Much of what’s going on in human life is the exercise of power. Individuals struggle to assert power over one another, and groups of individuals (up to the scale of nations) collaborate to do likewise. Fig leaf labels are pasted over the nasty business as camouflage such as ‘communism’, ‘christianity’, ‘islam’, ‘national socialism’, ‘the british empire’, ‘the trade union movement’ etc. but the underlying dynamic remains.

It all starts very early in pre-school days where even 3-year-olds establish hierarchies and build alliances. Writing this short book in 1974, Steven Lukes (https://stevenlukes.net/) outlined a ‘conceptual analysis of power, benefiting from the debate between pluralists and their critics’.  Thirty years after the first edition, Lukes included two supplementary chapters to take account of the more recent social science literature.

The author emphasizes several important points that have became landmarks in subsequent discussions of the social reality of power: that power is a multi-dimensional social factor, that power and democracy are paradoxically related, and that there are very important non-coercive sources of power in modern society. He begins his account proper with the treatment of power provided by the pluralist tradition of American democratic theory, including especially Robert Dahl in 1957 in The Concept of Power. This is the one-dimensional view: power is a behavioural attribute that applies to individuals to the extent that they are able to modify the behaviour of other individuals within a decision-making process. The person with the power in a situation is the person who prevails in the decision-making process.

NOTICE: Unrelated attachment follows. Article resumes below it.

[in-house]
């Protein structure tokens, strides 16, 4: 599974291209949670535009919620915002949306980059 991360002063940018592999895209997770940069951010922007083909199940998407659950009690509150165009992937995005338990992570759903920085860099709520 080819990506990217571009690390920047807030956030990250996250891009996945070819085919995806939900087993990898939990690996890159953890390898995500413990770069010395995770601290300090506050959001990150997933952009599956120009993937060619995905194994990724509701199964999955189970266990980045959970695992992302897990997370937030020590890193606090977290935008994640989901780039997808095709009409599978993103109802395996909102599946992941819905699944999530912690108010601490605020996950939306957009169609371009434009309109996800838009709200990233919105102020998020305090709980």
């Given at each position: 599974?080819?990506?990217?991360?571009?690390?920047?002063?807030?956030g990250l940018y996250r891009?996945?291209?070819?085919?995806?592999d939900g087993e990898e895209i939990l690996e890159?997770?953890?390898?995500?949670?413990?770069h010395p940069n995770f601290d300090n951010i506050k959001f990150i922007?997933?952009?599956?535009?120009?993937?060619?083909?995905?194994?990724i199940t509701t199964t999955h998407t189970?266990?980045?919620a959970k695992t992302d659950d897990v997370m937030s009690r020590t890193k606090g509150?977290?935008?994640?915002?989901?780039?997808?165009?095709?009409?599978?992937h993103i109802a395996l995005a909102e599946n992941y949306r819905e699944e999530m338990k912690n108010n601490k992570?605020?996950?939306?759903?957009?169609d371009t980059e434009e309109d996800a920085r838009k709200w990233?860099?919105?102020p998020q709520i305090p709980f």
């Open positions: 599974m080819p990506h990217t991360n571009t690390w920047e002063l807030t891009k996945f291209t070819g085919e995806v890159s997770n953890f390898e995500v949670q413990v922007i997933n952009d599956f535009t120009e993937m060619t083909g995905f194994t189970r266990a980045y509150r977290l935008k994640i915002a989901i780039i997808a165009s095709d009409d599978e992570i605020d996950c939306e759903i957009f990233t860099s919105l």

The second dimension is brought out by noticing that it is possible to influence decisions by shaping the agenda, not merely by weighing in on existing decision points. Lukes quotes from Peter Bachrach and Morton Baratz in their 1962 book Two Faces of Power  ‘to the extent that a person or group – consciously or unconsciously – creates or reinforces barriers to the public airing of policy conflicts, that person or group has power’. So shaping the agenda is an important source of power that is overlooked in the pluralist model. The third dimension emerges by seeing that people sometimes act willingly in ways that appear contrary to their most basic interests. Those in power manipulate others, without coercion or forcible constraint, by creating a pervasive system of ideology or false consciousness. In other words the powerless are duped.

There is now a large literature on the analysis and meaning of power. Lukes’ book remains a seminal work for this area of social science and politics, well deserving a place on your shelves. The second edition (2004) is available in paperback from Palgrave here https://www.amazon.co.uk/Power-Radical-View-Steven-Lukes/dp/0333420926/ref=sr_1_1?ie=UTF8&qid=1515929314&sr=8-1&keywords=power+lukes

Check if this seminal work on power is in stock at your local library by consulting the online catalogue at https://www.sllclibrary.co.uk/cgi-bin/spydus.exe/MSGTRN/OPAC/BSEARCH

204 pages in Palgrave

First published 1974

ISBN 978-0333420928

Professor Steven Lukes

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